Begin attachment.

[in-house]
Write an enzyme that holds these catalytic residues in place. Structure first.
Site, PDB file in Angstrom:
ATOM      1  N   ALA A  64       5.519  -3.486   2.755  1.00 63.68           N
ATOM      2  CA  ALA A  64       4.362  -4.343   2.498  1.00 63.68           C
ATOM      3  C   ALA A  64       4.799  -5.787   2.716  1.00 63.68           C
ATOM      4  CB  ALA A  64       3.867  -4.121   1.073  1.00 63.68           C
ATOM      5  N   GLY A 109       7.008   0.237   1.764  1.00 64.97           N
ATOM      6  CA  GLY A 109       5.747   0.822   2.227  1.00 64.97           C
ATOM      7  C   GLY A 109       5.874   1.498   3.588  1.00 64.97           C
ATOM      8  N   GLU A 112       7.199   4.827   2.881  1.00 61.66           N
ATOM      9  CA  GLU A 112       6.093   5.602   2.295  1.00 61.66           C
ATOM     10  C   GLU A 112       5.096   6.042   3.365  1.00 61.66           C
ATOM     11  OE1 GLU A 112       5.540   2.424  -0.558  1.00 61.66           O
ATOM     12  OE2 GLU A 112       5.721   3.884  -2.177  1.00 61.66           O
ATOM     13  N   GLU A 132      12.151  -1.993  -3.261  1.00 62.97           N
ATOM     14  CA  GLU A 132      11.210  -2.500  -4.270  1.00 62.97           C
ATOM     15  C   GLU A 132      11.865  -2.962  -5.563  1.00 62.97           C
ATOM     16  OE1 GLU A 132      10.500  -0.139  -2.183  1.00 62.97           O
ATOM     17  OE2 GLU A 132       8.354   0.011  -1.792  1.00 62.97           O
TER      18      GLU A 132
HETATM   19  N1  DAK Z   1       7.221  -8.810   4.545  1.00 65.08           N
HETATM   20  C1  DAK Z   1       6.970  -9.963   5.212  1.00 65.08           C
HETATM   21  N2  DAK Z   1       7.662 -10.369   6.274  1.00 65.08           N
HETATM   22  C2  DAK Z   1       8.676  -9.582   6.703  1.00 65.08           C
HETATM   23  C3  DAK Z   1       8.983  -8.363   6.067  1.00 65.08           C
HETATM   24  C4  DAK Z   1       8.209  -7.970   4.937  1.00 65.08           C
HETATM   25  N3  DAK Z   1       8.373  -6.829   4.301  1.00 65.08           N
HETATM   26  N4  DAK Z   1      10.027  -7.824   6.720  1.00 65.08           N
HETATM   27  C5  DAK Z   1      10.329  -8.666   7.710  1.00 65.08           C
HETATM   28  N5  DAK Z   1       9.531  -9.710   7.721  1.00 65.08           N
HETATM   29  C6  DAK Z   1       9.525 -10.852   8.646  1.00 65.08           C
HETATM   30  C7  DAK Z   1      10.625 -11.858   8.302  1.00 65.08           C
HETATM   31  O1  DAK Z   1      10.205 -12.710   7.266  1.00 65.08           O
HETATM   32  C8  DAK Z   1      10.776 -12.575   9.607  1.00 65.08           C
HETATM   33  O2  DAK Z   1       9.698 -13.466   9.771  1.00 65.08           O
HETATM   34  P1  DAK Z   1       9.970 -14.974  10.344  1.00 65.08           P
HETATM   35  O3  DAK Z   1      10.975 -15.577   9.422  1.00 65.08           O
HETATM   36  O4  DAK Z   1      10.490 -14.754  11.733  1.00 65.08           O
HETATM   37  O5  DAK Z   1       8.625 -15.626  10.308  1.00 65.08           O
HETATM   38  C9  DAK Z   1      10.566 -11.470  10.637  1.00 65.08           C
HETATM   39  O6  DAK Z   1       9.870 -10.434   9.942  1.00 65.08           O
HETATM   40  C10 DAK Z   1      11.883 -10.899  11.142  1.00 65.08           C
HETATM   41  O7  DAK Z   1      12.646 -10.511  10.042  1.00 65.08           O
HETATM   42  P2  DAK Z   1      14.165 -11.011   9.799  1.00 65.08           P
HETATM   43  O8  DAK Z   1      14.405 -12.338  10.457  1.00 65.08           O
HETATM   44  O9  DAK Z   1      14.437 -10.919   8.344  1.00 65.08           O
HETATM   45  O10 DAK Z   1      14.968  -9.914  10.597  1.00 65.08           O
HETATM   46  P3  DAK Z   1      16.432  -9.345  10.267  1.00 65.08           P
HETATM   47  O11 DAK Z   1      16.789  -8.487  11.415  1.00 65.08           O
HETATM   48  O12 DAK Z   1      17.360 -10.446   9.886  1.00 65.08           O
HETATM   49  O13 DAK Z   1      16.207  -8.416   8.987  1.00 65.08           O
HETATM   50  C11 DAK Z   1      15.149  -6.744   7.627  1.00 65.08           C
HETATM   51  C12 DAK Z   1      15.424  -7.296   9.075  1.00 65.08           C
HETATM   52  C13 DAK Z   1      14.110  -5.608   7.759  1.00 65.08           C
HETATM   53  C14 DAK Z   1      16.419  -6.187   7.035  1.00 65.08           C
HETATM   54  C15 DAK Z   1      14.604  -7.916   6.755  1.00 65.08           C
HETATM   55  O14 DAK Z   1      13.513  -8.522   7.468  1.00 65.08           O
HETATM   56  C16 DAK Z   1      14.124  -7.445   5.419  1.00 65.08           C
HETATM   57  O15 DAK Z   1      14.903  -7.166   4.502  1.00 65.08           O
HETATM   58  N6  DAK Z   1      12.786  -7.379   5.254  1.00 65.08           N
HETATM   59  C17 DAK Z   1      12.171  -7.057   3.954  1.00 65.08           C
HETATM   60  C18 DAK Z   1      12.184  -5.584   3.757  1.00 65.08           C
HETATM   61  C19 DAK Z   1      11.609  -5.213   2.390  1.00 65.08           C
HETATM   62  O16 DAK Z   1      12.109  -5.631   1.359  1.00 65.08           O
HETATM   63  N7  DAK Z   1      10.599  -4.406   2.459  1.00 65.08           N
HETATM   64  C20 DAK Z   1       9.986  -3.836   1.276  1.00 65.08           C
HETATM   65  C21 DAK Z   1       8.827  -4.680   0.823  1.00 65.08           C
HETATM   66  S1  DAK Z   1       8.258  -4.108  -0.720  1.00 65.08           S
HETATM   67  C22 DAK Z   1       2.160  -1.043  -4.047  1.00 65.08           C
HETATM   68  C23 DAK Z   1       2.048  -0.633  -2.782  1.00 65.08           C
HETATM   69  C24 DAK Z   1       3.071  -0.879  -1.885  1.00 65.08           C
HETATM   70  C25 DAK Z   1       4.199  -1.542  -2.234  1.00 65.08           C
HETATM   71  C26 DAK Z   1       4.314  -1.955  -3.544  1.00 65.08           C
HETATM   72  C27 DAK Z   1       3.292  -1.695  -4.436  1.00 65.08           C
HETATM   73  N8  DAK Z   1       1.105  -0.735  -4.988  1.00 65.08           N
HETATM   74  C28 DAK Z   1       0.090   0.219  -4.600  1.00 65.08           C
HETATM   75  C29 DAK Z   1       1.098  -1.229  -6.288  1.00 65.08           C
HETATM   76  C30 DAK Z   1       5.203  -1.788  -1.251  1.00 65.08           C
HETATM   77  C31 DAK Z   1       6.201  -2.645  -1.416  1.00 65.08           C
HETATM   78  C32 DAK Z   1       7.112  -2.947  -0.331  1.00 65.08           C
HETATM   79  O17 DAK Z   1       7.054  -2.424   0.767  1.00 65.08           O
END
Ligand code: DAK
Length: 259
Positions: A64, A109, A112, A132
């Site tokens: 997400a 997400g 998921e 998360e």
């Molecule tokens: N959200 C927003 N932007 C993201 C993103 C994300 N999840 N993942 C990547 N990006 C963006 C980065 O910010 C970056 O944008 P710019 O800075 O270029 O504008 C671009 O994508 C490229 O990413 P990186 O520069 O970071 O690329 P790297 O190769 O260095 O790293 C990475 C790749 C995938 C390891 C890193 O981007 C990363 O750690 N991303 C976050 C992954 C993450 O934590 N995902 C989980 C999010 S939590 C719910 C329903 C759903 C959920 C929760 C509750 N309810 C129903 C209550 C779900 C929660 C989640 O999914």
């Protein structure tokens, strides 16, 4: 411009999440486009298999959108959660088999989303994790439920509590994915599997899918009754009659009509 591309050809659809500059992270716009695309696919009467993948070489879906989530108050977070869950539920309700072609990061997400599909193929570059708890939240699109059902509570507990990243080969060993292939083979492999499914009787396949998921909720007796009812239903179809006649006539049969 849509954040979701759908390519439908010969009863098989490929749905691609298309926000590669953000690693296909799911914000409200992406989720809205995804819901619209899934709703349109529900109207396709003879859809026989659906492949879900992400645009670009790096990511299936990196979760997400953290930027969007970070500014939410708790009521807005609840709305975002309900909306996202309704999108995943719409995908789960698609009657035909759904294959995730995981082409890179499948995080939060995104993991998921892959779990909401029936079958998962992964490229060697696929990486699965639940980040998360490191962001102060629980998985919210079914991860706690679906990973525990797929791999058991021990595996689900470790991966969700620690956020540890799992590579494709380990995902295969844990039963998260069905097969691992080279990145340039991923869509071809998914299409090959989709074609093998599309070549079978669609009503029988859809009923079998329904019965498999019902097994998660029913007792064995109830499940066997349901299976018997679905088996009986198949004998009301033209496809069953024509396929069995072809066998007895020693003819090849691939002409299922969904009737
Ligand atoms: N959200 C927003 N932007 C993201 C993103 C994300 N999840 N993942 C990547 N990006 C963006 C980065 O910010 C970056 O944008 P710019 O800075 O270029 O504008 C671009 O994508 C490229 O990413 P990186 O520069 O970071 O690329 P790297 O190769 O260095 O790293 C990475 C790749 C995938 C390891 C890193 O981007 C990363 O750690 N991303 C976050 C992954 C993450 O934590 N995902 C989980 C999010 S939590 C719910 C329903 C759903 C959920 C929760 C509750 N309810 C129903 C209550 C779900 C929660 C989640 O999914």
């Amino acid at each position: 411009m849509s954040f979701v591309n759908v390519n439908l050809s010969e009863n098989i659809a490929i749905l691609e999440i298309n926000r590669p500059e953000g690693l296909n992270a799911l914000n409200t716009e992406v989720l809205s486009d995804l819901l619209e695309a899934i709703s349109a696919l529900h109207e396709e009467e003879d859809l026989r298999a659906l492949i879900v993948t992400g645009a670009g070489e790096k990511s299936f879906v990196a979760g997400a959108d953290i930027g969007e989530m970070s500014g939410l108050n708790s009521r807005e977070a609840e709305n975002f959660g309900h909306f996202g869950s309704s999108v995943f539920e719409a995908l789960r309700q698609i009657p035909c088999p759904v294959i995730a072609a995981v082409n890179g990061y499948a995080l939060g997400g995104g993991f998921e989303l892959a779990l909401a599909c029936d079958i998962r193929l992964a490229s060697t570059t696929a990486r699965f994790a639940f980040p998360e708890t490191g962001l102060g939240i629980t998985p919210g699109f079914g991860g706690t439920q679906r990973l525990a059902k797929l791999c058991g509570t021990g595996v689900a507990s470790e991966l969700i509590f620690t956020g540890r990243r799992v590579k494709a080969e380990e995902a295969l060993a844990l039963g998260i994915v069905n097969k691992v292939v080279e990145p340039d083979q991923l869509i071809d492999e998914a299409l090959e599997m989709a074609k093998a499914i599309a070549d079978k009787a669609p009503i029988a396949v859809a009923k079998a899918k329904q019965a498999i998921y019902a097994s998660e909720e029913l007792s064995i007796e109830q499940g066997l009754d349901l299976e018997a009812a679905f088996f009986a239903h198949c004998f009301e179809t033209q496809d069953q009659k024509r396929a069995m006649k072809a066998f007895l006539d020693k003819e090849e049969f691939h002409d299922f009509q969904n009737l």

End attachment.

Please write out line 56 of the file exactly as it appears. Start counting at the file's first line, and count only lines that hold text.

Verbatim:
HETATM   53  C14 DAK Z   1      16.419  -6.187   7.035  1.00 65.08           C